Wednesday, December 26, 2012
Ten Impure and Complex Primary Care Truths
The truth is rarely pure and never simple.
Oscar Wilde (1854-1900), The Importance of Being Earnest (1895)
It’s like the patient is bleeding faster than we can transfuse.
“Where Have All the Primary Care Doctors Gone? Pauline Chen, MD, New York Times, December 21, 2012
December 26, 2012
One - No matter what Obamacare proposes or does, the primary care shortage will keep relentlessly growing.
Two – Medical students know primary care doctors work longer hours , make half as much as specialists, and hve more balanced lives.
Three – Medical students’ medical school mentors and heroes are specialists, whom they follow and emulate.
Four - Congress has put a funding lid on primary care residencies.
Five- Society tends to respect the specialists’ opinions and technologies more and to reward specialists more than primary care doctors.
Six - Medical homes and accountable care organizations, designed to empower primary care, are unproven concepts.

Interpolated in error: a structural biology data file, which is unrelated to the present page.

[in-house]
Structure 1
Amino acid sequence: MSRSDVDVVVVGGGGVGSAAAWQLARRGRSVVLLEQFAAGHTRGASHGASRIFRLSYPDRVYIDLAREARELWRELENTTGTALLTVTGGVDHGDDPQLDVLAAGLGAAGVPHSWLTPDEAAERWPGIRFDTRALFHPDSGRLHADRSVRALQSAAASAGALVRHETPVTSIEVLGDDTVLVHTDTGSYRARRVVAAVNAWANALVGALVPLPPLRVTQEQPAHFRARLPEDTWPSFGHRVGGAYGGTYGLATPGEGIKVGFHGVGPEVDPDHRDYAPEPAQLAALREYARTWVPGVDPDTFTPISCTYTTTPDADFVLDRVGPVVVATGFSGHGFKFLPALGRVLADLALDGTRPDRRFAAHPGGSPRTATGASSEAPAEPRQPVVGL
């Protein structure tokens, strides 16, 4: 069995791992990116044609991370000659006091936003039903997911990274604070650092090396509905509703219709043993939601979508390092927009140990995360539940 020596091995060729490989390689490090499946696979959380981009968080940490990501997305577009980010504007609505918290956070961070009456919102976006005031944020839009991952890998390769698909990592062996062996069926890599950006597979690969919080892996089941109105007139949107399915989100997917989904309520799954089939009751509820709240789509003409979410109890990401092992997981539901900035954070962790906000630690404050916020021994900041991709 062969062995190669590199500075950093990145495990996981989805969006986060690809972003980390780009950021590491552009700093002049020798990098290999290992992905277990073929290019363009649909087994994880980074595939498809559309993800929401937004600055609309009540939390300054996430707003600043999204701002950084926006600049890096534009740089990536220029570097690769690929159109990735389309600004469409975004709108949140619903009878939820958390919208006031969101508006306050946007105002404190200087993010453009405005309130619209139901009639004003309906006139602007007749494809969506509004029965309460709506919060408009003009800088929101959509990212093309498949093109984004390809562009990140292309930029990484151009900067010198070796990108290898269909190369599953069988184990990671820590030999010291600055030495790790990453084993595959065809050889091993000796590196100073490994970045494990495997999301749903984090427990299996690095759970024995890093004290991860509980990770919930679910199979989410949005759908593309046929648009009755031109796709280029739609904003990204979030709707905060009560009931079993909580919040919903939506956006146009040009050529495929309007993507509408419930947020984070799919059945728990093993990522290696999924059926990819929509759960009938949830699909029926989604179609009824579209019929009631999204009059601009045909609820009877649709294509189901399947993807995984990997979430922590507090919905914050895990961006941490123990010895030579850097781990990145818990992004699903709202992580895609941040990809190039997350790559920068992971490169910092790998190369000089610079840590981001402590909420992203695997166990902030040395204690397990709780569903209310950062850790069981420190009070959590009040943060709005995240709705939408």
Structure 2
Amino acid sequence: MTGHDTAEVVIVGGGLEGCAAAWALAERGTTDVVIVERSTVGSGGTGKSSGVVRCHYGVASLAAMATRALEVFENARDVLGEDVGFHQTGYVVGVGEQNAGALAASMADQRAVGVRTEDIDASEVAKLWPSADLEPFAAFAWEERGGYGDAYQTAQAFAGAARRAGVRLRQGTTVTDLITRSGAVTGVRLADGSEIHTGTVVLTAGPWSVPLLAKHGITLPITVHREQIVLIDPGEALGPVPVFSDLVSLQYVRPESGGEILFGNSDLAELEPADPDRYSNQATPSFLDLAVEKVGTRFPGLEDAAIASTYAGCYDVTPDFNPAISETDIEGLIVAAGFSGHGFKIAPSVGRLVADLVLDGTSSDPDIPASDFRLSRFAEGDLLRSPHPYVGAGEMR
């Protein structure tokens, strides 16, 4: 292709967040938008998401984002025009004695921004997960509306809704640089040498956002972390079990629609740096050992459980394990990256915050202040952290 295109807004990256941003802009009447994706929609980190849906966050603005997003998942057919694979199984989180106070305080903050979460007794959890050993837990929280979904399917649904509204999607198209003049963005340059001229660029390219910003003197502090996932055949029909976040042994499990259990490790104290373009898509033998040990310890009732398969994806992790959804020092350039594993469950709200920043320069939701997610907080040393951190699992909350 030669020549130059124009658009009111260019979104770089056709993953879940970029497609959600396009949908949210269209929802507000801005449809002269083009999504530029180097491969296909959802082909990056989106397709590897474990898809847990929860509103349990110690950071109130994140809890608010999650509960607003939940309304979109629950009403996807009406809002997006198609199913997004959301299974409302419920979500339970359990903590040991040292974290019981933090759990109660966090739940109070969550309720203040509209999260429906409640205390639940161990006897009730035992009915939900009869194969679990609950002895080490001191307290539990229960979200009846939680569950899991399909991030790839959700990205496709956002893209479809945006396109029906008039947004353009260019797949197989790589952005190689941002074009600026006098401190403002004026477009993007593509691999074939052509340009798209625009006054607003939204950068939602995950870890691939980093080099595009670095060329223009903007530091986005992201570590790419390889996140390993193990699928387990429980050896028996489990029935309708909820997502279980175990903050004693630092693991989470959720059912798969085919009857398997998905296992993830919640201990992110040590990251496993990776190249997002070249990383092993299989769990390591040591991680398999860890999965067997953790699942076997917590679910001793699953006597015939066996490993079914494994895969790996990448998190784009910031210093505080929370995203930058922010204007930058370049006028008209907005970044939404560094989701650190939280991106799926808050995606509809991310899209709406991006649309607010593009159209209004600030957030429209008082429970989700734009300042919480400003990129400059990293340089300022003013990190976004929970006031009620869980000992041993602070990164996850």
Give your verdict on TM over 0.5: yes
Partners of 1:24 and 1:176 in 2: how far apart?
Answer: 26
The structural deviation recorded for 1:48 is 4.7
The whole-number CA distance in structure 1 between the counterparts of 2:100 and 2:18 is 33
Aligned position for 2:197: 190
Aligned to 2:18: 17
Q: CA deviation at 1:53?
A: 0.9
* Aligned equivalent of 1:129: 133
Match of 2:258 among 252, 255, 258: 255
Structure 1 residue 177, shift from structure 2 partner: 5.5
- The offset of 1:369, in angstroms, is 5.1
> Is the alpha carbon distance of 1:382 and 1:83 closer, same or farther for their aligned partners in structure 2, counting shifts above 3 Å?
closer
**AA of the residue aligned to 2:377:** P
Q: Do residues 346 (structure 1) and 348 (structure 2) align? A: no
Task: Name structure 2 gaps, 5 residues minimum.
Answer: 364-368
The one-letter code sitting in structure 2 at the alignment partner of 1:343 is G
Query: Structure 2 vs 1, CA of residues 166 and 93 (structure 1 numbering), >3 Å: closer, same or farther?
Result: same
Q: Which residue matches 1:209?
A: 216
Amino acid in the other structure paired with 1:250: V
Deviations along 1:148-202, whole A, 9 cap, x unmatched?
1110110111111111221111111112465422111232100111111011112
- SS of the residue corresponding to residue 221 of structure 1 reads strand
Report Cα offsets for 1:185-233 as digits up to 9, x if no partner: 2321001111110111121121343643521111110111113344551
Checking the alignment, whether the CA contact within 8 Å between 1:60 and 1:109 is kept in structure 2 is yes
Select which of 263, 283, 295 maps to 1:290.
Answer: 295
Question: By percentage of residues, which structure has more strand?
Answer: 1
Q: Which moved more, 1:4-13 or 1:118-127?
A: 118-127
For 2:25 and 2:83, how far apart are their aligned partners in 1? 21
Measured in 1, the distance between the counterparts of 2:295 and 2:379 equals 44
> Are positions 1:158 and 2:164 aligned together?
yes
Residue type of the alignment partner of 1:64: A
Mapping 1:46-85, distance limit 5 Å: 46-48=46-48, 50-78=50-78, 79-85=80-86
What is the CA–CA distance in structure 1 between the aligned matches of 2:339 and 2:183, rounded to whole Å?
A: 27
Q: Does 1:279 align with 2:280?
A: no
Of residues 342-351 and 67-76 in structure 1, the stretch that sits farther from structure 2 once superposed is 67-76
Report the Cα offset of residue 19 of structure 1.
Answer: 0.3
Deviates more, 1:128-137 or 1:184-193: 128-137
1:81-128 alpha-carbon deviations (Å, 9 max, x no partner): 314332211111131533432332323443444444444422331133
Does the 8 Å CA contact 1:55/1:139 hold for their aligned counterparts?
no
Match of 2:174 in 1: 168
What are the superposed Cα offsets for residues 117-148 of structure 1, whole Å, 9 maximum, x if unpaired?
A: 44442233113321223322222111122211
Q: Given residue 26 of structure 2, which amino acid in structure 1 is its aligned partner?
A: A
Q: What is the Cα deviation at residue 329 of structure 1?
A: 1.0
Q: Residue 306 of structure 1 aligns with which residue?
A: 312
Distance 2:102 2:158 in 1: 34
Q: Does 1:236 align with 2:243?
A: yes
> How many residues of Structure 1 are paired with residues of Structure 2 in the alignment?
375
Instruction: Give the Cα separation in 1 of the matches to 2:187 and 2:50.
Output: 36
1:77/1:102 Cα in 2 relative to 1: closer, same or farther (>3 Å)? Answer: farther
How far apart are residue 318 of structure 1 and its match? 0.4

Seven - Given average educational debts of $150,000, medical students pick higher paying specialties.
Eight - Primary care is more difficult to master than specialty care because of the overwhelming amount of information required.
Nine - One practical way to equalize specialty care pay is for primary care doctors to perform more procedures (see National Procedures Institute).
Ten - Another practical way to enhance primary care is to cut expenses and to increase revenues by switching to concierge and cash-only practices.
Eleven – The AMA, CMS, and specialists stack the deck against primary care by controlling the Reimbursement Update Committee (RUC), which sets the codes for Medicare and Medicaid.
Tweet: Eleven factors stunt the growth of primary care and make it likely the primary care shortage will escalate.